Marijuana holds a unique place in the legal system. On one hand, many states, including Florida, have legalized marijuana for medical use. Some states have even legalized marijuana for recreational use. Despite this, marijuana remains a federally controlled substance and is illegal under federal law. Through a series of federal legislation and executive orders, however, people and businesses complying with their state’s marijuana laws have little to fear from the federal government when it comes to the possession, use, and sale of marijuana.
One notable exception to this rule is taxes, as the Tenth Circuit Court of Appeals recently made clear. In 2017, the IRS began auditing Standing Akimbo, a Colorado medical marijuana dispensary. During this audit, Standing Akimbo refused to produce certain documents, which led to a lawsuit filed by the IRS. While the majority of the case revolves around Colorado record laws and the Fourth Amendment, there was one key holding every dispensary across the County should be aware of. In its opinion, the Court made clear that marijuana was still an illegal, controlled substance pursuant to federal law and, as such, deducting business expenses related to the sale of marijuana is an “unlawful activity.” The Court explained that “despite legally operating under Colorado law, the Taxpayers are subject to greater federal tax liability because of their federally unlawful activities, and any remedy [for this] must come from Congressional change to § 280E or 21 U.S.C. § 812(c) (Schedule I) rather than from the courts.” Standing Akimbo, LLC v. United States, 19-1049, 2020 WL 1684056, at *7 (10th Cir. Apr. 7, 2020).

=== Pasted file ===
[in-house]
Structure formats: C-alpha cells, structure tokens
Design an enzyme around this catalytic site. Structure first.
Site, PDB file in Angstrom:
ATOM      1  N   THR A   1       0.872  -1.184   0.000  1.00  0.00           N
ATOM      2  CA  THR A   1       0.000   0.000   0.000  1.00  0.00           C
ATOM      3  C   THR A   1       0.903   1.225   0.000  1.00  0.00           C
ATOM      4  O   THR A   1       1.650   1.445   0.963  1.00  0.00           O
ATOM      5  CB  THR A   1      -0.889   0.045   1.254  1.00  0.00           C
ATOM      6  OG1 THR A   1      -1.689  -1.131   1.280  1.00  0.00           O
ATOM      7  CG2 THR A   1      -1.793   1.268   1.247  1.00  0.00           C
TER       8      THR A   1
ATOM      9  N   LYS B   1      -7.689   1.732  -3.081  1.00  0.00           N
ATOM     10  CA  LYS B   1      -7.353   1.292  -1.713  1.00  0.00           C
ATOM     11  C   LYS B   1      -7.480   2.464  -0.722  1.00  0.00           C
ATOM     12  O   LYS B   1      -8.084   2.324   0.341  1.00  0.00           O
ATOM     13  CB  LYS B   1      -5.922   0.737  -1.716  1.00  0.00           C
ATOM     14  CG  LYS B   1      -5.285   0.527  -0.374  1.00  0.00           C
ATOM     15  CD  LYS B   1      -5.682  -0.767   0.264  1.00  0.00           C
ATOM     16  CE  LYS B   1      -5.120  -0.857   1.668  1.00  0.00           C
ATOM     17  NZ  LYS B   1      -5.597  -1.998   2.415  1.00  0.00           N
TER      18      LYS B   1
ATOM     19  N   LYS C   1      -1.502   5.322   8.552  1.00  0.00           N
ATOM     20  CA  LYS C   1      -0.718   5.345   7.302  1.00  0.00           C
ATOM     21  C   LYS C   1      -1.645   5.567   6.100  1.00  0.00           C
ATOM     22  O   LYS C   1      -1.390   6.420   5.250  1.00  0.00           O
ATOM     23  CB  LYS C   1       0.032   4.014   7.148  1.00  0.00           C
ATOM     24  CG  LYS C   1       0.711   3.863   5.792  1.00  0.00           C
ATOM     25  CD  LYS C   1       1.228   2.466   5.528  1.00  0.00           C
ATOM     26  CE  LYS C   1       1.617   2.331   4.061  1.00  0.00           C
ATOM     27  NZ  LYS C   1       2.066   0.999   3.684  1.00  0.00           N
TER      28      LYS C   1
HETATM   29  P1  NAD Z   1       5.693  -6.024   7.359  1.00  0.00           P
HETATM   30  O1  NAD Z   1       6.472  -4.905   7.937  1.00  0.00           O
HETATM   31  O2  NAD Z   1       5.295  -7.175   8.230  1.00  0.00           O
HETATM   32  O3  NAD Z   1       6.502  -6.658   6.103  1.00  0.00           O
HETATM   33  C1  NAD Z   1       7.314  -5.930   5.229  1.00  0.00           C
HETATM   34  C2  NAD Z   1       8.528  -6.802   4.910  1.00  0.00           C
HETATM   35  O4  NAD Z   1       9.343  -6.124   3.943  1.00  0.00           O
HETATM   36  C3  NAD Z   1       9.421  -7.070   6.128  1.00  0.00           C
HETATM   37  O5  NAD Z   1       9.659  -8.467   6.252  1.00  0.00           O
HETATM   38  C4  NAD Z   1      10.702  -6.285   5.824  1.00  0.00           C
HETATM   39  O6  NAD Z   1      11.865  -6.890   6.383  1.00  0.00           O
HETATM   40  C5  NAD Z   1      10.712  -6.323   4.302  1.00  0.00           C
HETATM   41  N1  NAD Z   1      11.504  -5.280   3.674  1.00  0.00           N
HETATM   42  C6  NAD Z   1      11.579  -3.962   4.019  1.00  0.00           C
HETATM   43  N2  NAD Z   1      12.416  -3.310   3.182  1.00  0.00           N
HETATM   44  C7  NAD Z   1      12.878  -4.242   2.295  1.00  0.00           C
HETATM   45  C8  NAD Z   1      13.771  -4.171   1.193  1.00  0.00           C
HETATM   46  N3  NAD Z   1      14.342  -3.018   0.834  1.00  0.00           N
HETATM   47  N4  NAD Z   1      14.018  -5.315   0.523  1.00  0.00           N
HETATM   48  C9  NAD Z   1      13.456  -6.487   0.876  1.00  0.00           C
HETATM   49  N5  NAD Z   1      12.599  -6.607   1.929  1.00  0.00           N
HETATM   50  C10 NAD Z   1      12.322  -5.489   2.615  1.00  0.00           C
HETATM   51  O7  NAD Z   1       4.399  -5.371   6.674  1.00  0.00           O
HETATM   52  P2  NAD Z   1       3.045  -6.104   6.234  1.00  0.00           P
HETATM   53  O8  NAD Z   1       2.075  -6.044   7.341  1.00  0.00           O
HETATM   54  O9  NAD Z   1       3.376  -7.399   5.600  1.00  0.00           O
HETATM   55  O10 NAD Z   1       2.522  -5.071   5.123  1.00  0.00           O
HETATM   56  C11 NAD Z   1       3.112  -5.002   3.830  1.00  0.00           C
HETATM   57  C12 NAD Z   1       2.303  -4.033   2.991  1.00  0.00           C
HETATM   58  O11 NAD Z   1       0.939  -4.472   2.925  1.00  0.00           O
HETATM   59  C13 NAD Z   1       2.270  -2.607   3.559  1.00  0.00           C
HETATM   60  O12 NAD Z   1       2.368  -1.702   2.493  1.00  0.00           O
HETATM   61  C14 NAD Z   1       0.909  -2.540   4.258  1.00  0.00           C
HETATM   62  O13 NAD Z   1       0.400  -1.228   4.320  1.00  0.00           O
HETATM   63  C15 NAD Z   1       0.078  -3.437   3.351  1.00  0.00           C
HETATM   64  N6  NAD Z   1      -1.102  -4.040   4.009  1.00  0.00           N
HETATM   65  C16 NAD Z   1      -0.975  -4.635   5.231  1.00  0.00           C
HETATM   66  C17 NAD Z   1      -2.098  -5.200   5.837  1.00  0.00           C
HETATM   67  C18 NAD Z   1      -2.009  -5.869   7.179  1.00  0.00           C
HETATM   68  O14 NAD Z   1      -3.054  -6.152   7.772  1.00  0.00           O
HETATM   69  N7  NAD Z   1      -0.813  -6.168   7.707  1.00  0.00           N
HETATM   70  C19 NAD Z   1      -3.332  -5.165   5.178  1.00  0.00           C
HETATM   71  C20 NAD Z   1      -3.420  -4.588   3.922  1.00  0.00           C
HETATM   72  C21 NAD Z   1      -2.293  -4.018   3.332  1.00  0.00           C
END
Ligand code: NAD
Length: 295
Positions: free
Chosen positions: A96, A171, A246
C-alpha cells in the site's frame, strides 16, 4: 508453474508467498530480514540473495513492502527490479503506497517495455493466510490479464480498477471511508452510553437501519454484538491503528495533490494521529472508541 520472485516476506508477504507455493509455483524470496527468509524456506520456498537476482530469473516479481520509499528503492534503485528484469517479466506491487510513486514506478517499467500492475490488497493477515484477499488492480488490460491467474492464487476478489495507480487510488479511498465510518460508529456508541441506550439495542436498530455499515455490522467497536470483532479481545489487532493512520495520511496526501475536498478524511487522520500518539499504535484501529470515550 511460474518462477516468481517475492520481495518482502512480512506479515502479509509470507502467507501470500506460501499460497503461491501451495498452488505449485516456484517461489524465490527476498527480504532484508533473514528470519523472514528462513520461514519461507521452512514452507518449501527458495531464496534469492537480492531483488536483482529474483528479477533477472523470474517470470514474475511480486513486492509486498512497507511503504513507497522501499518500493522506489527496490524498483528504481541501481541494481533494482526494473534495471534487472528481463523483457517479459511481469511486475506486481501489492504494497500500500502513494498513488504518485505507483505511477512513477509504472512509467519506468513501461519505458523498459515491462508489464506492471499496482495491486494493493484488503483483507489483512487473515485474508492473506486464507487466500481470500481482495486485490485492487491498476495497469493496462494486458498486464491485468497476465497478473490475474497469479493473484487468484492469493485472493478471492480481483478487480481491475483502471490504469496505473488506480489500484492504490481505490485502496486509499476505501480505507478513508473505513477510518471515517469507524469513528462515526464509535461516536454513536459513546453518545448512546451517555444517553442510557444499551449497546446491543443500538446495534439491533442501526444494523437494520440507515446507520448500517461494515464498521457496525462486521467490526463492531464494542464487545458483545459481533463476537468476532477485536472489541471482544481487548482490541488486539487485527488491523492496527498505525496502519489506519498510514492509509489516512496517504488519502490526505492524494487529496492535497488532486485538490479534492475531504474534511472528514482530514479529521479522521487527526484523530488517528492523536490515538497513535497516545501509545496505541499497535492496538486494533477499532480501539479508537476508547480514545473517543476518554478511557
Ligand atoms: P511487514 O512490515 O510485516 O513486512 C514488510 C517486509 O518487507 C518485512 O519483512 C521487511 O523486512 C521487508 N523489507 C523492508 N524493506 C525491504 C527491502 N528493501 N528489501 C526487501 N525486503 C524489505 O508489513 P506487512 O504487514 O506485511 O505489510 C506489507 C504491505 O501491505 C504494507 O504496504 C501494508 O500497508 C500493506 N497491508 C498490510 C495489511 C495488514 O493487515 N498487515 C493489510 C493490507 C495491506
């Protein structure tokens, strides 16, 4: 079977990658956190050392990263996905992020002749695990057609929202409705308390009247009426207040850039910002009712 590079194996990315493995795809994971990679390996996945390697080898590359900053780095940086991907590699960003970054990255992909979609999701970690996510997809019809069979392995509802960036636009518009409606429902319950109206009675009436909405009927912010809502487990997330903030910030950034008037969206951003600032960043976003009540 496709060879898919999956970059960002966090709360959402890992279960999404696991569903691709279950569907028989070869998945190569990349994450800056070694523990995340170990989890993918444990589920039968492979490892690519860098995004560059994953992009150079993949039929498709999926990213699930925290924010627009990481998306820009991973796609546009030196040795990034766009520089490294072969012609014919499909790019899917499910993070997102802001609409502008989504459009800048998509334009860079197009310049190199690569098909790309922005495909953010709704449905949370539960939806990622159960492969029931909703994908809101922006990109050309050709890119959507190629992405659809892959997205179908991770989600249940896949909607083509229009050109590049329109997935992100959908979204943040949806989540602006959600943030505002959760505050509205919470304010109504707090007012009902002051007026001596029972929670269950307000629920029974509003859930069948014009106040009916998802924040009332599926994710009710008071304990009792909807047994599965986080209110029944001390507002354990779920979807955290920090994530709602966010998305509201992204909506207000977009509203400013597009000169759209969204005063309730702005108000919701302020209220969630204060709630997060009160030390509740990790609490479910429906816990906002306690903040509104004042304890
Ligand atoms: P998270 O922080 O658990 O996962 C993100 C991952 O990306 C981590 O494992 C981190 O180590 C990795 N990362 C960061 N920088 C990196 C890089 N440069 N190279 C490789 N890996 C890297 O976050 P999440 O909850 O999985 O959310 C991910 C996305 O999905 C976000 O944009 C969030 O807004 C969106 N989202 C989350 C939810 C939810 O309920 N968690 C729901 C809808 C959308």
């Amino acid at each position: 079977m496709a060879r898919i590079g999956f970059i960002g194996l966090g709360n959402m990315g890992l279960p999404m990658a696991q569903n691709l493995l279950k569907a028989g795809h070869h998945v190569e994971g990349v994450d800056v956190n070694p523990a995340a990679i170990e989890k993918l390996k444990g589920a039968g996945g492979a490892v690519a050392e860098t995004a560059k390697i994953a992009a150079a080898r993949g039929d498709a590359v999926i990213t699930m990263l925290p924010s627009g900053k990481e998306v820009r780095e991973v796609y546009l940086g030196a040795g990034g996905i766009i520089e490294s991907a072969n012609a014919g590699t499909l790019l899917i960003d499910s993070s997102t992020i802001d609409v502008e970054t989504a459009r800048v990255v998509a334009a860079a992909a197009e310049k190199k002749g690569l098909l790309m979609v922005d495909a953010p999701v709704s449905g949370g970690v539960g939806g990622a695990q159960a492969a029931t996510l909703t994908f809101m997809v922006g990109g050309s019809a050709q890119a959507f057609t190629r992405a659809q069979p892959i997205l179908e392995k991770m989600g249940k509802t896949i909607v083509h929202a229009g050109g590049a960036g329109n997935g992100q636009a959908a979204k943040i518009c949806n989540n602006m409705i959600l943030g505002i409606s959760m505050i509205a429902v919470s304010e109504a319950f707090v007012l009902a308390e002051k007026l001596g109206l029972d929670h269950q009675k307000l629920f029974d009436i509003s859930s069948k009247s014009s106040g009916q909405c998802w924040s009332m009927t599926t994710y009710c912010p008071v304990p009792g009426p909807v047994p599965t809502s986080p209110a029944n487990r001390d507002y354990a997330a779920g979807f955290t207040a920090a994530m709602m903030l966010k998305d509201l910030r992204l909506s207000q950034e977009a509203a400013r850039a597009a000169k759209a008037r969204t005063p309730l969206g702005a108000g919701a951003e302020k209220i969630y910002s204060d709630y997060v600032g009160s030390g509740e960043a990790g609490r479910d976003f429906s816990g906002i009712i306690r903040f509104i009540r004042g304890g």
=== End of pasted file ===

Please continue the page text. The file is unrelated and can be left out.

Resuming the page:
As the “legal” use and sale of marijuana in Florida continues to grow, dispensaries need to clearly understand their rights and how federal and state laws intersect. If you operate a medical marijuana dispensary in Florida and have questions about your rights, you should contact an attorney at Smith & Associates for a free initial consultation.